Fibroblasts between passages 3 and 5 were plated into a 12-well cell culture plate format at 50,000 cells per well in fibroblast culture medium. CytoTune-iPS kits (Life Technologies) containing four Sendai virus vectors (Oct3/4, Sox2, Klf4, c-Myc) were used to infect fibroblasts at an MOI = 3 (transduction volume based on the specific titer of each lot), in fibroblast media. The day after infection, an additional 1 mL of fibroblast media was added to the culture. The next day, the media was switched to HUESM and depending on the severity of Sendai toxicity, MEFs were overlaid on some of the cultures. The medium was changed every day until colonies appeared. Colonies were manually picked and expanded on MEFs.

Dural and scalp fibroblast gene expression profile

RNA was prepared using the RNeasy mini kit (Qiagen) per the manufacturers instructions. cRNA was amplified using the Illumina TotalPrep RNA Amplification Kit (Ambion) and run on an Illumina HT_12_v4 BeadChip Array (Ilumina), as per the manufacturer’s instructions. Analysis of microarray data was performed using Genome Studio software (Illumina).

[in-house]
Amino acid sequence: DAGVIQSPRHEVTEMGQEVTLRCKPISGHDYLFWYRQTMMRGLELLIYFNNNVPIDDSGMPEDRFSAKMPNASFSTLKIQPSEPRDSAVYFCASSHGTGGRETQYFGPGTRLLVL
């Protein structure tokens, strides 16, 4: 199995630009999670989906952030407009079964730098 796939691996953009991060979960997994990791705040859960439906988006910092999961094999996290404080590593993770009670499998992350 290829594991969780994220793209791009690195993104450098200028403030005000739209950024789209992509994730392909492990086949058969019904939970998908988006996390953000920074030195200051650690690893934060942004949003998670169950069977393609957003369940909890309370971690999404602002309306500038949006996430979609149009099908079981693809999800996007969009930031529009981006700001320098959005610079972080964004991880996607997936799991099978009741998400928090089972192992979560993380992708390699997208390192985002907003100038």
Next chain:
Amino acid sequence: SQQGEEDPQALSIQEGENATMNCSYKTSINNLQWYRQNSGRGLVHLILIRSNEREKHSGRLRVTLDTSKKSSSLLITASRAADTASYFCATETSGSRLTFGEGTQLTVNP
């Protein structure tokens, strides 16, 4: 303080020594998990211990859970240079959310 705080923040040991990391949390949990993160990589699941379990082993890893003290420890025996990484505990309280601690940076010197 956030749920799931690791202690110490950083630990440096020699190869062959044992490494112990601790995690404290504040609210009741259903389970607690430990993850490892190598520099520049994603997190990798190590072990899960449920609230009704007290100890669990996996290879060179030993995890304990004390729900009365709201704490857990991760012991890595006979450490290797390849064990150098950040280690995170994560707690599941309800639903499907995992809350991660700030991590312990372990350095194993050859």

Immunostaining for pluripotency markers and alkaline phosphatase assay

For pluripotency staining, cultures were fixed using 4% paraformaldehyde (PFA, Santa Cruz) for 12 min at room temperature. After multiple PBS washes the cells were treated with PBS containing 0.1% Triton X-100 (Sigma) and 10% normal donkey serum (Jackson Immuno Research) for 1 hr. Cells were then treated with primary antibodies including Tra-160 (1:200, Millipore), SSEA-4 (1:500, Abcam), Tra-181 (1:200, Millipore), OCT-4 (1:500, Stemgent), Nanog (1:100, Cell Signaling), and SOX-2 (1:500, Stemgent). Alexa-conjugated anti-mouse or anti-rabbit IgG secondary antibodies were used (Invitrogen). AP staining was performed with the Vector Red Alkaline Phosphatase Substrate Kit (Vector Laboratories) per the manufacturers instructions. Nuclei were counterstained with Hoechst 33342 (Sigma).